Flag Burning Essay Research Paper Flag Burning

Flag Burning Essay, Research Paper

Flag Burning can be and usually is a very controversial issue. Many people are offended by the thought of destroying this country’s symbol of liberty and freedom. During a political protest during the 1984 Republican Convention, Gregory Lee Johnson was arrested for burning an American flag. Years later in 1989, Johnson got the decision overturned by the United States Supreme Court. In the same year, the state of Texas passed the Flag Protection Act, which prohibited any form of desecration against the American flag. This act provoked many people to protest and burn flags anyway. Two protestors, Shawn Eichman and Mark Haggerty were charged with violating the law and arrested. Both Eichman and Haggerty appealed the decision because the law was inconsistent with the first amendment to the Constitution. The right to petition the government for a redress of grievances is protected by the first amendment of the Constitution. Burning American flags and other such actions are not treasonous and should no be treated as so, as long as these actions are done to petition the government for a redress of grievances.

The dissenting opinion to the previous idea is that the government’s legitimate interest in preserving the symbolic value of the flag is, however, essentially the same that may have motivated a particular act of flag burning. The flag uniquely symbolizes the ideas of liberty, equality, and tolerance – ideas that Americans have passionately defended and debated throughout our history. The flag embodies the spirit of our national commitment to those ideals. To the world, the flag is our promise that we will continue to strive for these ideals. To us, the flag is a reminder both that the struggle for liberty and equality is unceasing, and that our obligation of tolerance and respect for all of our fellow citizens encompasses those who disagree with us – indeed, even those whose ideas are disagreeable or offensive.

While the Republican National Convention was taking place in Dallas in 1984, respondent Johnson participated in a political protest. The purpose of this event was to protest the policies of the Reagan administration and of certain Dallas-based corporations. The demonstrators marched through the Dallas streets, chanting political slogans and stopping at several corporate locations to dramatize the consequences of nuclear war. On several occasions they spray-painted the walls of buildings and overturned potted plants, but Johnson himself took no part in such activities. He did, however, accept an American flag handed to him by a fellow protestor. The demonstration ended in front of Dallas City Hall, where Johnson unfolded the American flag, drenched it with kerosene, and set it on fire. While the flag burned, the protestors chanted. No one was physically injured or threatened with injury, though several witnesses had said that they had been seriously offended by the flag burning.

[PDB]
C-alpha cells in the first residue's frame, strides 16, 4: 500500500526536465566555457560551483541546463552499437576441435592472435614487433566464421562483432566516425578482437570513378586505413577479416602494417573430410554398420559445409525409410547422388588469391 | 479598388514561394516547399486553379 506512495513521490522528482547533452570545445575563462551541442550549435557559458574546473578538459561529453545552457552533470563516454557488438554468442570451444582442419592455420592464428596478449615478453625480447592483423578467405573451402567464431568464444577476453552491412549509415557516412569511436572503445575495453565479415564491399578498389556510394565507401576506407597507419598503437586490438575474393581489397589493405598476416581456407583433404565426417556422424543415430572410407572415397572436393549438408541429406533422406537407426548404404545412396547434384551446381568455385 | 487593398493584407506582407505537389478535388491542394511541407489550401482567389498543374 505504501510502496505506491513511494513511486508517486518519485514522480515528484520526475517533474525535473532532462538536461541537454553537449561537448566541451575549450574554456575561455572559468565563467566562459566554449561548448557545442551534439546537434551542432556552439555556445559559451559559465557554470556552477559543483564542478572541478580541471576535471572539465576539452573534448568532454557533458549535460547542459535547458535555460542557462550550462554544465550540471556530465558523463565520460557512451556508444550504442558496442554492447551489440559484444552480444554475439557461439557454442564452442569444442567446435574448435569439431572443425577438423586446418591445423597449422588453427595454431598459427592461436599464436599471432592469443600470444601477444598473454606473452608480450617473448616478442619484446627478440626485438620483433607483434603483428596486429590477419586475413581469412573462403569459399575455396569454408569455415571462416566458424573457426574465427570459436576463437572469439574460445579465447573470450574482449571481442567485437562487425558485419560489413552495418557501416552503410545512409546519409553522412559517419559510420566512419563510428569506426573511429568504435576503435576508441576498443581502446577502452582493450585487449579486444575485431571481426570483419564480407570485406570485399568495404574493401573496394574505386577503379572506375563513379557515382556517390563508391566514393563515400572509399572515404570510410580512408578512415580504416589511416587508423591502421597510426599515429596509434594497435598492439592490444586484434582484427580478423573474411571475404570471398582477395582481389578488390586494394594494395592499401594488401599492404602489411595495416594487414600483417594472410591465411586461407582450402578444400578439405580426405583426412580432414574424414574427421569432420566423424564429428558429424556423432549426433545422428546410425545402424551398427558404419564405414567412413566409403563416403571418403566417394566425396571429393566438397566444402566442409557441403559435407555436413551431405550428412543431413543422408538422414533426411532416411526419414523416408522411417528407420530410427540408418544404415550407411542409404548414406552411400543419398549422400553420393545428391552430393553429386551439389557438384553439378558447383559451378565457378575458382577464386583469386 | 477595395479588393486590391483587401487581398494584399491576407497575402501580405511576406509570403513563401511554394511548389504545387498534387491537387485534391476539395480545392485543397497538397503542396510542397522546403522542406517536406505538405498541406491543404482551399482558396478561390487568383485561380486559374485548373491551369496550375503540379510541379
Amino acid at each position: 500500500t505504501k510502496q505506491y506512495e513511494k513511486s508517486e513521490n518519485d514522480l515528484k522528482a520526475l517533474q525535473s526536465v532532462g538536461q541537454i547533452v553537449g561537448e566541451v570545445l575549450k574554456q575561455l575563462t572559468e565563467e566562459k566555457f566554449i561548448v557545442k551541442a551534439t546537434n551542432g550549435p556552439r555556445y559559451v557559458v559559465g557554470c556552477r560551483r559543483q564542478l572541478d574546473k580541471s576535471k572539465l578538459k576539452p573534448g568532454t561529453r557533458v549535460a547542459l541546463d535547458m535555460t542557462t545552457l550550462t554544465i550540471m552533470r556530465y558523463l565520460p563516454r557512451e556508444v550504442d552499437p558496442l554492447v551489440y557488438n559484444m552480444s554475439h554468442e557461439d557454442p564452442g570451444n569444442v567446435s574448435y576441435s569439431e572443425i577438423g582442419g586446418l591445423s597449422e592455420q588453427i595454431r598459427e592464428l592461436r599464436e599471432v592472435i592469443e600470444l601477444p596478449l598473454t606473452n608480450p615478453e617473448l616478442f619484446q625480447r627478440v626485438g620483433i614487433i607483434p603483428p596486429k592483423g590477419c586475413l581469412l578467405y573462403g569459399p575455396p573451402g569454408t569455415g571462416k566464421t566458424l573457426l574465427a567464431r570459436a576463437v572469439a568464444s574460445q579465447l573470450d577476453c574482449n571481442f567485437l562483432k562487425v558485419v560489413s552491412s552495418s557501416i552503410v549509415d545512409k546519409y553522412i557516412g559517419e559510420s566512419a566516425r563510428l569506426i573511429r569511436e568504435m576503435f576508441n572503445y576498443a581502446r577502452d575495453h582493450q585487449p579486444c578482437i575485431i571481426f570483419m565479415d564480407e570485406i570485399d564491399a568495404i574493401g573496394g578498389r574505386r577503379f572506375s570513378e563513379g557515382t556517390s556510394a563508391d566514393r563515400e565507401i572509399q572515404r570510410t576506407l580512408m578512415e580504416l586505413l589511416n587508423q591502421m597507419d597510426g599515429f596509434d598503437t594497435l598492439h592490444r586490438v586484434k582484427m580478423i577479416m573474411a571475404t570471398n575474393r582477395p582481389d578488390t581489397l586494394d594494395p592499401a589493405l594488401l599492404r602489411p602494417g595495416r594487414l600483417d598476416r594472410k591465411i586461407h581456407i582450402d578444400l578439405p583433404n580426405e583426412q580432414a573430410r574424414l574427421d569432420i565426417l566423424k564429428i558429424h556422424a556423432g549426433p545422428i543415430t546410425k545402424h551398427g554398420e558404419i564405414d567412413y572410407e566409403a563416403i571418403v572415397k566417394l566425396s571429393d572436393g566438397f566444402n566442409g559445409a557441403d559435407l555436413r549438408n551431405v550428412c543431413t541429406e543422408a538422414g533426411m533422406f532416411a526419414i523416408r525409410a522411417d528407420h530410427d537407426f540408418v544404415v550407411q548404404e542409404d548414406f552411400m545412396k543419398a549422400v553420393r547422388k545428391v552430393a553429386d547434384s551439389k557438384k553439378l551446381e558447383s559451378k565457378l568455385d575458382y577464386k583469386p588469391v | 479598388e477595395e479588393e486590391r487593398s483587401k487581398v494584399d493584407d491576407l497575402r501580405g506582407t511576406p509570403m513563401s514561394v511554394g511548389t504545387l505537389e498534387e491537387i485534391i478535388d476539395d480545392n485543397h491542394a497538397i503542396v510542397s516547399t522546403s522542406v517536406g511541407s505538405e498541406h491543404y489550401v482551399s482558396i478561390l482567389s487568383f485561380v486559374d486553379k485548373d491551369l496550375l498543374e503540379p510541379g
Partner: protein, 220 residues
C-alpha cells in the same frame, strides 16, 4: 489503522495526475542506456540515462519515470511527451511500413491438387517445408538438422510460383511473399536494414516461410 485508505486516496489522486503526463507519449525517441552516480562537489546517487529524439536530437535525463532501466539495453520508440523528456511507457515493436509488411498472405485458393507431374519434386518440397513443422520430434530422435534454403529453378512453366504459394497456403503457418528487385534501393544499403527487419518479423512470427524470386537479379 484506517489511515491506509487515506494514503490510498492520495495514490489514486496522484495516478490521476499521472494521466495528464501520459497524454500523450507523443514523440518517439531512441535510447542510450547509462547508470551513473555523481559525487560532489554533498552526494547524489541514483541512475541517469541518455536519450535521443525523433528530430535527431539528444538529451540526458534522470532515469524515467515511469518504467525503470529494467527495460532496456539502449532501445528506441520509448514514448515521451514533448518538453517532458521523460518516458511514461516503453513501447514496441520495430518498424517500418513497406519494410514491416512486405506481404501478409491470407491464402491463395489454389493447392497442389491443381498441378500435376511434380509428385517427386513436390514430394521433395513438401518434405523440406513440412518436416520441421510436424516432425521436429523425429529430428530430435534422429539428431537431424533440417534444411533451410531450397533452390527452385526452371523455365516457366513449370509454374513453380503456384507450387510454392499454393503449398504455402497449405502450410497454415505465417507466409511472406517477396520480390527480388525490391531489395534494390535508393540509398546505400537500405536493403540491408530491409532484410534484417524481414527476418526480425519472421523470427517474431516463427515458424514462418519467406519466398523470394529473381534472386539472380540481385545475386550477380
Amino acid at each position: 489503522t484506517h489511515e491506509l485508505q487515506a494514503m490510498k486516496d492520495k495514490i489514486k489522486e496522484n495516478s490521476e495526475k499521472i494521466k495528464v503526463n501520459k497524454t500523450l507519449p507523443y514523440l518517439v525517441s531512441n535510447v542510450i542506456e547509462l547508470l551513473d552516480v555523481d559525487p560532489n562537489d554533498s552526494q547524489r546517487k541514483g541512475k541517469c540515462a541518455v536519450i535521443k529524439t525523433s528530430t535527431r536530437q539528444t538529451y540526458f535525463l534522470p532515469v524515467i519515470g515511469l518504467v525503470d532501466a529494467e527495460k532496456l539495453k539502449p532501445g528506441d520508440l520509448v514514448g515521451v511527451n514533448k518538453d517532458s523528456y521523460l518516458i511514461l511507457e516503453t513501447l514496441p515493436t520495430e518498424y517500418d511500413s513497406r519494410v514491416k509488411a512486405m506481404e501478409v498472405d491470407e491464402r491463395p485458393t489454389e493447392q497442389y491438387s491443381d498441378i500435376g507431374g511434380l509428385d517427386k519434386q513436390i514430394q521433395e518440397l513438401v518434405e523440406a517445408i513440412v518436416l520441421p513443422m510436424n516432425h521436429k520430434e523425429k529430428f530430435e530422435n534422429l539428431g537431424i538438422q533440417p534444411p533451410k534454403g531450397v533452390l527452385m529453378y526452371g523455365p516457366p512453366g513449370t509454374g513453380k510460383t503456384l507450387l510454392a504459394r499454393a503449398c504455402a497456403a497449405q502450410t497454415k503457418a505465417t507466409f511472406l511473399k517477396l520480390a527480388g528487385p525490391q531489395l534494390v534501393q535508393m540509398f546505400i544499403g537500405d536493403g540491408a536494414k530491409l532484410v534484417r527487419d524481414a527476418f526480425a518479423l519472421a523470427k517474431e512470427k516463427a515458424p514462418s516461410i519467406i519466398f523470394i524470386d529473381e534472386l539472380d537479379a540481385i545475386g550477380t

Of all of the demonstrators, Johnson was the only person charged with a crime. The only criminal offense with which he was charged was the desecration of a venerated object. After a trial, he was convicted, sentenced to one year in prison, and fined $2,000. The Court of Appeals for the Fifth District of Texas at Dallas affirmed Johnson’s conviction, but the Texas Court of Criminal Appeals reversed the decision holding that the State could not punish Johnson for burning the flag in these circumstances in order to remain consistent with the First Amendment. This case went to the United States Supreme Court, in which the decision was made that punishing Johnson for burning the flag was unconstitutional.

The Flag Protection Act, which was passed in 1989 basically states:

A. 1. Whomever knowingly mutilates, defaces, physically defiles, burns, maintains on the for or ground, or tramples upon any flag of the United States shall be fined under this title or imprisoned for not more than one year, or both.

A. 2. This subsection does not prohibit any conduct consisting of the disposal of a flag when it has become worn or spoiled.